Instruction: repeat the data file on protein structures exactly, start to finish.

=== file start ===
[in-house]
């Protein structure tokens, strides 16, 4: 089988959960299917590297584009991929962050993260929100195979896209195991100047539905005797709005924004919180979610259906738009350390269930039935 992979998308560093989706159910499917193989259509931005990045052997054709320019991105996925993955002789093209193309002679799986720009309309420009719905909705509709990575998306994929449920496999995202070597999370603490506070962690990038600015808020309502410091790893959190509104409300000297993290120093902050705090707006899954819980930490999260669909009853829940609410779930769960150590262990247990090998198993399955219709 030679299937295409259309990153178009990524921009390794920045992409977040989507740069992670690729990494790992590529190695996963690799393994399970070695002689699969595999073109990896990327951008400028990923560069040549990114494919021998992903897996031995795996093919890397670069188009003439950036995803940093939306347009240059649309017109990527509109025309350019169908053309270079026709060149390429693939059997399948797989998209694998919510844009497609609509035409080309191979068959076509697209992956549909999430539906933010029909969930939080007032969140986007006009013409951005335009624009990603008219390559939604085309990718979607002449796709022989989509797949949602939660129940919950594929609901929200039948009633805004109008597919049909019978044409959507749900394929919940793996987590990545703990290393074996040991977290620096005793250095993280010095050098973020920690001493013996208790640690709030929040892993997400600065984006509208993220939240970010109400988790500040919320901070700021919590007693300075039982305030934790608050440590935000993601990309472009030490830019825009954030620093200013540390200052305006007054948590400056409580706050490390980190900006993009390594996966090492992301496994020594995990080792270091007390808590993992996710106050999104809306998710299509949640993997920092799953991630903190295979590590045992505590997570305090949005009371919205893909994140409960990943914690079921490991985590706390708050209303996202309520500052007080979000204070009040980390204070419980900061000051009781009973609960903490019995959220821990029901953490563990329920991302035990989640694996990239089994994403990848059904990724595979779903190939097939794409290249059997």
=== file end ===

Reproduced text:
[in-house]
């Protein structure tokens, strides 16, 4: 089988959960299917590297584009991929962050993260929100195979896209195991100047539905005797709005924004919180979610259906738009350390269930039935 992979998308560093989706159910499917193989259509931005990045052997054709320019991105996925993955002789093209193309002679799986720009309309420009719905909705509709990575998306994929449920496999995202070597999370603490506070962690990038600015808020309502410091790893959190509104409300000297993290120093902050705090707006899954819980930490999260669909009853829940609410779930769960150590262990247990090998198993399955219709 030679299937295409259309990153178009990524921009390794920045992409977040989507740069992670690729990494790992590529190695996963690799393994399970070695002689699969595999073109990896990327951008400028990923560069040549990114494919021998992903897996031995795996093919890397670069188009003439950036995803940093939306347009240059649309017109990527509109025309350019169908053309270079026709060149390429693939059997399948797989998209694998919510844009497609609509035409080309191979068959076509697209992956549909999430539906933010029909969930939080007032969140986007006009013409951005335009624009990603008219390559939604085309990718979607002449796709022989989509797949949602939660129940919950594929609901929200039948009633805004109008597919049909019978044409959507749900394929919940793996987590990545703990290393074996040991977290620096005793250095993280010095050098973020920690001493013996208790640690709030929040892993997400600065984006509208993220939240970010109400988790500040919320901070700021919590007693300075039982305030934790608050440590935000993601990309472009030490830019825009954030620093200013540390200052305006007054948590400056409580706050490390980190900006993009390594996966090492992301496994020594995990080792270091007390808590993992996710106050999104809306998710299509949640993997920092799953991630903190295979590590045992505590997570305090949005009371919205893909994140409960990943914690079921490991985590706390708050209303996202309520500052007080979000204070009040980390204070419980900061000051009781009973609960903490019995959220821990029901953490563990329920991302035990989640694996990239089994994403990848059904990724595979779903190939097939794409290249059997």